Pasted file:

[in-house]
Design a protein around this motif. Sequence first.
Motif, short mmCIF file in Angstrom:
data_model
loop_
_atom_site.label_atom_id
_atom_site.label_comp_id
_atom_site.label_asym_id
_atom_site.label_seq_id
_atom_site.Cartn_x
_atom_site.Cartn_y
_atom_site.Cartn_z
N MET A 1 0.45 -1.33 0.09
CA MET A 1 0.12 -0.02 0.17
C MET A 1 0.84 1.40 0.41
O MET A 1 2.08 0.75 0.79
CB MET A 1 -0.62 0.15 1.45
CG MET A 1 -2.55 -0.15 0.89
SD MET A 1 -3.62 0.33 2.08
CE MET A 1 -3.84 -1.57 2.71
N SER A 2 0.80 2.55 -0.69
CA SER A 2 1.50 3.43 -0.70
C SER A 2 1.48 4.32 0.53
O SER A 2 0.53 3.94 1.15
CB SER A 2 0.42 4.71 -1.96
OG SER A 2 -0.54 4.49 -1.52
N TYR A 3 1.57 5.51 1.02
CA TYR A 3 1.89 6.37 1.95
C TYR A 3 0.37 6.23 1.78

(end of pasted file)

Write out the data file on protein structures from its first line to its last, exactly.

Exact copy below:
[in-house]
Design a protein around this motif. Sequence first.
Motif, short mmCIF file in Angstrom:
data_model
loop_
_atom_site.label_atom_id
_atom_site.label_comp_id
_atom_site.label_asym_id
_atom_site.label_seq_id
_atom_site.Cartn_x
_atom_site.Cartn_y
_atom_site.Cartn_z
N MET A 1 0.45 -1.33 0.09
CA MET A 1 0.12 -0.02 0.17
C MET A 1 0.84 1.40 0.41
O MET A 1 2.08 0.75 0.79
CB MET A 1 -0.62 0.15 1.45
CG MET A 1 -2.55 -0.15 0.89
SD MET A 1 -3.62 0.33 2.08
CE MET A 1 -3.84 -1.57 2.71
N SER A 2 0.80 2.55 -0.69
CA SER A 2 1.50 3.43 -0.70
C SER A 2 1.48 4.32 0.53
O SER A 2 0.53 3.94 1.15
CB SER A 2 0.42 4.71 -1.96
OG SER A 2 -0.54 4.49 -1.52
N TYR A 3 1.57 5.51 1.02
CA TYR A 3 1.89 6.37 1.95
C TYR A 3 0.37 6.23 1.78